Second, why on New Year’s? You can make a resolution anytime.

    I don’t know the answers, but I suspect that the second can be partially explained by time inconsistent preferences (e.g. hyperbolic discounting). I prefer eating chocolate now and dieting tomorrow, but I would prefer not eating chocolate at t=1 to avoid dieting at t=2.

    Thus, I would want to commit to stop eating chocolate at some time in the future, and New Year’s is a convenient time to choose. (There has to be more here since I could always choose any future date. It must be related to some of your ideas – some sort of coordination.) This is related to Benartzi and Thaler’s idea of committing to save in the future.

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  4. dd says:

    You’re combining two issues in one.

    First of all, why make a resolution if there’s no committment. It’s cheap talk.

    Second, why on New Year’s? You can make a resolution anytime.

    I don’t know the answers, but I suspect that the second can be partially explained by time inconsistent preferences (e.g. hyperbolic discounting). I prefer eating chocolate now and dieting tomorrow, but I would prefer not eating chocolate at t=1 to avoid dieting at t=2.

    Thus, I would want to commit to stop eating chocolate at some time in the future, and New Year’s is a convenient time to choose. (There has to be more here since I could always choose any future date. It must be related to some of your ideas – some sort of coordination.) This is related to Benartzi and Thaler’s idea of committing to save in the future.

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  5. Rachael Kvapil says:

    I make my New Year’s resolutions way back in October, the month I was born. Prior to that I spend the previous month evaluating my lifestyle, except this year when a death of one of our friends really hammered me hard and the contemplation was deeper and more severe that in the past. By New Year’s, I’m already working on whatever it is I wanted. Rarely does it have to do with the superficial health/diet/exercise, but more on skill building much of which is physical since I’m a dancer.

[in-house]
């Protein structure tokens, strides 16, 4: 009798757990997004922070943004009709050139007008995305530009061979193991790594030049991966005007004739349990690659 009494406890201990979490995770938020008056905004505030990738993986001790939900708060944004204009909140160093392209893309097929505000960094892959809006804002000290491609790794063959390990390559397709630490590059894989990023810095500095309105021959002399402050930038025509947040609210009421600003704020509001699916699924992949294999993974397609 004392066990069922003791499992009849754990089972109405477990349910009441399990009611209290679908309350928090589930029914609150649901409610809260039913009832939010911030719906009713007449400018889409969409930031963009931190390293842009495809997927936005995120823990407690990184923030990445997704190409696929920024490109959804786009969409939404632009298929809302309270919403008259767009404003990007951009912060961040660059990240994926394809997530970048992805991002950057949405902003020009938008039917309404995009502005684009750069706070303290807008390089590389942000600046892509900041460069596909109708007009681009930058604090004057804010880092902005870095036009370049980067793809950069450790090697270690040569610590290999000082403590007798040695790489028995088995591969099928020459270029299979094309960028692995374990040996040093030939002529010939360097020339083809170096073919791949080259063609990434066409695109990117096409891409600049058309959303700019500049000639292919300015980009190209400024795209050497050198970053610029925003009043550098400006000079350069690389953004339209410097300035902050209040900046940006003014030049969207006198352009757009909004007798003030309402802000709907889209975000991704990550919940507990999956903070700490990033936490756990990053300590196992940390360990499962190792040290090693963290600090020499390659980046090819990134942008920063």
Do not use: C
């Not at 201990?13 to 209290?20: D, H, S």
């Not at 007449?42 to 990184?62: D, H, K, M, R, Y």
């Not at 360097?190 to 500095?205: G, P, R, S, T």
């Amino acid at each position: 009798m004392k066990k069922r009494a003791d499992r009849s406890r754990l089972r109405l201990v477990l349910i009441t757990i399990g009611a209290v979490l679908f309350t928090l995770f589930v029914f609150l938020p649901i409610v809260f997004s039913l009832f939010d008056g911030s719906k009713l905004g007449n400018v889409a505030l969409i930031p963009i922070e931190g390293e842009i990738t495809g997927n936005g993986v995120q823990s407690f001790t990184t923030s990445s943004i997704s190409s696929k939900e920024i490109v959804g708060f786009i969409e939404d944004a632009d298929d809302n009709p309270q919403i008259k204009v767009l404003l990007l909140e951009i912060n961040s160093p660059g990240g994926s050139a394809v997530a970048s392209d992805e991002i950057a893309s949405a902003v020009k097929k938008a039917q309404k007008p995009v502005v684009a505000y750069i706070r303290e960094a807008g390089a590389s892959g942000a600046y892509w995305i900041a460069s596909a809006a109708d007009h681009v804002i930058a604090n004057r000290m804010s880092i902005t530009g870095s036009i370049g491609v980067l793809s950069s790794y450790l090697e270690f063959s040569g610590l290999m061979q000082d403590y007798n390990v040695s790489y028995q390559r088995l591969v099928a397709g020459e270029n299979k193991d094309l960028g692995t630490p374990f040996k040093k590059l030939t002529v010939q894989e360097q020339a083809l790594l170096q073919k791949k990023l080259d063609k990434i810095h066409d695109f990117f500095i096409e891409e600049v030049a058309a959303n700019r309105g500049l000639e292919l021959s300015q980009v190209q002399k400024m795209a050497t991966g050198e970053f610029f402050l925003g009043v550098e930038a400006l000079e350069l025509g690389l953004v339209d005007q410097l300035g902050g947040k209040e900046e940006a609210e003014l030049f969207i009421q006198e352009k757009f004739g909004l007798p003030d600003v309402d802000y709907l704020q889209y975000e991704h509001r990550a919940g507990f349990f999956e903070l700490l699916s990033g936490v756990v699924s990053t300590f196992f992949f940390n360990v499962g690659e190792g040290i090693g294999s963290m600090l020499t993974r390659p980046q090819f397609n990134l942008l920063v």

Last year my resolution was to divorce myself from crazy bosses and high-stress jobs.

    Rachael

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  6. Rachael Kvapil says:

    I make my New Year’s resolutions way back in October, the month I was born. Prior to that I spend the previous month evaluating my lifestyle, except this year when a death of one of our friends really hammered me hard and the contemplation was deeper and more severe that in the past. By New Year’s, I’m already working on whatever it is I wanted. Rarely does it have to do with the superficial health/diet/exercise, but more on skill building much of which is physical since I’m a dancer.

    Last year my resolution was to divorce myself from crazy bosses and high-stress jobs.

    Rachael

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  7. htb says:

    I don’t usually make such resolutions, nor does anyone in my family. However, my husband made two this past year, and kept them both. One was to plan, fund, and take a multi-country see-all-the-scattered-relatives trip, and the other was to never click on a headline involving Paris Hilton. I’m not sure how you would categorize these.

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  8. htb says:

    I don’t usually make such resolutions, nor does anyone in my family. However, my husband made two this past year, and kept them both. One was to plan, fund, and take a multi-country see-all-the-scattered-relatives trip, and the other was to never click on a headline involving Paris Hilton. I’m not sure how you would categorize these.